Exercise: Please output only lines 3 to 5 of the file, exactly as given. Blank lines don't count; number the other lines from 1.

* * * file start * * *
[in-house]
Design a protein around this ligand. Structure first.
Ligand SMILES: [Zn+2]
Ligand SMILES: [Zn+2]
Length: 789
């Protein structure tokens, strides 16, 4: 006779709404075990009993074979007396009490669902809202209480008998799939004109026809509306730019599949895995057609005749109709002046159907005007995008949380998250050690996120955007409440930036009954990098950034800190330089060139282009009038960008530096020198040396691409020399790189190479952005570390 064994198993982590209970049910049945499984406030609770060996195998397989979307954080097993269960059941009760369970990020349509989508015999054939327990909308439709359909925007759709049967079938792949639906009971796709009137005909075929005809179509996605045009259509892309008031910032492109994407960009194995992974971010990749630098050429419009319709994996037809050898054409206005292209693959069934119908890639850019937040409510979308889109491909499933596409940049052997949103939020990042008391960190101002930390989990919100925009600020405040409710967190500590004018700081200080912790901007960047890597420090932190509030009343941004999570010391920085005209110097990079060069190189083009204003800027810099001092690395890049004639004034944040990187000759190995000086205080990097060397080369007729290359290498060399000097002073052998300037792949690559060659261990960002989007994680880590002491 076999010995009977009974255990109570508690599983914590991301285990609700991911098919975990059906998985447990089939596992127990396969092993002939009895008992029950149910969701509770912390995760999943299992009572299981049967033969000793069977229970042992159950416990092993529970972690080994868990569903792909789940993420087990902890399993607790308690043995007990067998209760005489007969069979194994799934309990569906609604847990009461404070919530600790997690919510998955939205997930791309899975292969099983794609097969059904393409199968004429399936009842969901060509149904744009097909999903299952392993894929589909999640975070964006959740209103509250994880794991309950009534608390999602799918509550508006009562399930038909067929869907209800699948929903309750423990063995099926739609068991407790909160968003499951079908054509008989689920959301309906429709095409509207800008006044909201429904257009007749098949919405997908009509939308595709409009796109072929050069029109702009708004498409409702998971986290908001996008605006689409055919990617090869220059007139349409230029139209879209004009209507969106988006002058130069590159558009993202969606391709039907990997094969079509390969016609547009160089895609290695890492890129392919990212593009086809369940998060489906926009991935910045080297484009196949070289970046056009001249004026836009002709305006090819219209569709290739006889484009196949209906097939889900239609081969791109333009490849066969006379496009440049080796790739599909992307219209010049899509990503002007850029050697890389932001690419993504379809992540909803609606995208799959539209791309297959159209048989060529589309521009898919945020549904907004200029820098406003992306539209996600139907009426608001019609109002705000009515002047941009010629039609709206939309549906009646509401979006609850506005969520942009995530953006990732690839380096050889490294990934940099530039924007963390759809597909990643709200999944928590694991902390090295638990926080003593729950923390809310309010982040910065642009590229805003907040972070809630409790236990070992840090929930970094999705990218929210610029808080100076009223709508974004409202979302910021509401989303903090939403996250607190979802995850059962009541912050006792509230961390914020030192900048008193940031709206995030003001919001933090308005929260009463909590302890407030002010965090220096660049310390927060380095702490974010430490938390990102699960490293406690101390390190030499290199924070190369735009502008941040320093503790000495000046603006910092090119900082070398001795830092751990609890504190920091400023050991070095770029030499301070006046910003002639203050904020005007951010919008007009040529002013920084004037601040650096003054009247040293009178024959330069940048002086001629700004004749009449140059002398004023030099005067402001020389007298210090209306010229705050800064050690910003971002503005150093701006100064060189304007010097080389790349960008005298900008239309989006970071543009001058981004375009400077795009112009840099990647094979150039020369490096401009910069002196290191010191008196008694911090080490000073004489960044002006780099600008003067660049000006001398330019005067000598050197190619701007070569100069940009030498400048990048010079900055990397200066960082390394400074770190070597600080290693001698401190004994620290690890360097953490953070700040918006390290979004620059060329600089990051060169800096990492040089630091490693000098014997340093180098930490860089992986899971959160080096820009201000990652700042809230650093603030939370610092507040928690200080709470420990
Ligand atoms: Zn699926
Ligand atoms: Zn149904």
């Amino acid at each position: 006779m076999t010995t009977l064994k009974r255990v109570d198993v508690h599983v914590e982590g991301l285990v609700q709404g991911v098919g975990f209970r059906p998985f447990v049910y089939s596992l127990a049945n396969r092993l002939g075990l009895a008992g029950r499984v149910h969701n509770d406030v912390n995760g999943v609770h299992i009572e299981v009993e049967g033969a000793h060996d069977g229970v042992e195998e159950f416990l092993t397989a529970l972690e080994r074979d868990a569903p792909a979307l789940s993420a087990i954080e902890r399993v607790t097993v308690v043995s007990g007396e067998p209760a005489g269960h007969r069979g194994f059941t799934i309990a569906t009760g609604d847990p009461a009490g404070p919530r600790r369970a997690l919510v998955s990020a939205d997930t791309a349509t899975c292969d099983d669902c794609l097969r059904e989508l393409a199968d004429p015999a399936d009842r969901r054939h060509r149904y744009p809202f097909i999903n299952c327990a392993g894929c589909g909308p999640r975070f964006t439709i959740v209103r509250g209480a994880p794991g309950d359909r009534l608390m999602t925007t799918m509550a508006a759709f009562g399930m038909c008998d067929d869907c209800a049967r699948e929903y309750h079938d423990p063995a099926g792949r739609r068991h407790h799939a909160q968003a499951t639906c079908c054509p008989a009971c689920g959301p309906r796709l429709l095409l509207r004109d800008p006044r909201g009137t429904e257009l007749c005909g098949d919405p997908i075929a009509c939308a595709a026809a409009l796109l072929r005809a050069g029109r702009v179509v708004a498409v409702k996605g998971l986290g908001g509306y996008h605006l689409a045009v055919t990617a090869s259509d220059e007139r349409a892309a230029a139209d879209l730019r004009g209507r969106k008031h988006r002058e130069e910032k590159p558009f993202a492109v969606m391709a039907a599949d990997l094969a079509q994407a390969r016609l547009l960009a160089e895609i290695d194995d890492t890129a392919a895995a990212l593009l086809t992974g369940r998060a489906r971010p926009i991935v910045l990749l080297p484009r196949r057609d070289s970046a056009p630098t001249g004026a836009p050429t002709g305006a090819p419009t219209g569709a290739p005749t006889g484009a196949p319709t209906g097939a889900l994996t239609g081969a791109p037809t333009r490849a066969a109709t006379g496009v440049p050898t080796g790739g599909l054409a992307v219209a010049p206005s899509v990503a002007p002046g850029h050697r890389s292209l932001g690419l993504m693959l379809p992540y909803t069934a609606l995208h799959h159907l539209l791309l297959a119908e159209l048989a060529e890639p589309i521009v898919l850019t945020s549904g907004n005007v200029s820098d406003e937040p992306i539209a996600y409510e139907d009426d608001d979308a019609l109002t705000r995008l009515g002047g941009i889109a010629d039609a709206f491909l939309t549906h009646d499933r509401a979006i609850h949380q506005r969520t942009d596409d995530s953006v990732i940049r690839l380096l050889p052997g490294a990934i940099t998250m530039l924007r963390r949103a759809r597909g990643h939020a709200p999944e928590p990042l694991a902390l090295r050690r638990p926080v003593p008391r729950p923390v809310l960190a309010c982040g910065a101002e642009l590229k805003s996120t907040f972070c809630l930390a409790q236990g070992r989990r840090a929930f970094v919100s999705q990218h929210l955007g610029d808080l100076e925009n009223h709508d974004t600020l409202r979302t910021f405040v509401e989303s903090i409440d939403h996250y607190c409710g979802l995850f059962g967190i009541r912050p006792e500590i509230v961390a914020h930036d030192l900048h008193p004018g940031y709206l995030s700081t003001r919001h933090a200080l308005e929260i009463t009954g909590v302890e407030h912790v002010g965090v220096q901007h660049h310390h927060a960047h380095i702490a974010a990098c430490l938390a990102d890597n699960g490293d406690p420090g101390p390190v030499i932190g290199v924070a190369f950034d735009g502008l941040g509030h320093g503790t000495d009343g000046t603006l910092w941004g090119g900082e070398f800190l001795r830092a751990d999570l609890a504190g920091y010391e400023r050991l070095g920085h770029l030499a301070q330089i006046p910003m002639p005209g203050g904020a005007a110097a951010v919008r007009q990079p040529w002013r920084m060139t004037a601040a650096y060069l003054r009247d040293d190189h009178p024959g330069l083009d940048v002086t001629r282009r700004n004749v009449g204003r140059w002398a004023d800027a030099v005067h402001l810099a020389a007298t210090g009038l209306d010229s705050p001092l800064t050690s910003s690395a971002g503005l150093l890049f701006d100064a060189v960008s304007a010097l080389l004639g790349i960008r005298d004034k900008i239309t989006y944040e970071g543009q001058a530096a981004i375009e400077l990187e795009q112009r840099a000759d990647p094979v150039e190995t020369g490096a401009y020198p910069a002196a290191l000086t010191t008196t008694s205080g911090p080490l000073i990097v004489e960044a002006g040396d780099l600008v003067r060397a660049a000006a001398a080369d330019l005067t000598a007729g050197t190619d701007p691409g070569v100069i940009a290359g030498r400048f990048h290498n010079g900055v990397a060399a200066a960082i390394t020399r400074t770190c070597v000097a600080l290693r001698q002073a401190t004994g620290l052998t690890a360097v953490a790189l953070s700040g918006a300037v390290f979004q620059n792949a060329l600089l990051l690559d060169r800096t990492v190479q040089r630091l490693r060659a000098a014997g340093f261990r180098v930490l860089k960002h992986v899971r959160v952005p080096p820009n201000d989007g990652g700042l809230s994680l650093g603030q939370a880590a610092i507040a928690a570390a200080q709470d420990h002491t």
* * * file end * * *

Ligand SMILES: [Zn+2]
Ligand SMILES: [Zn+2]
Length: 789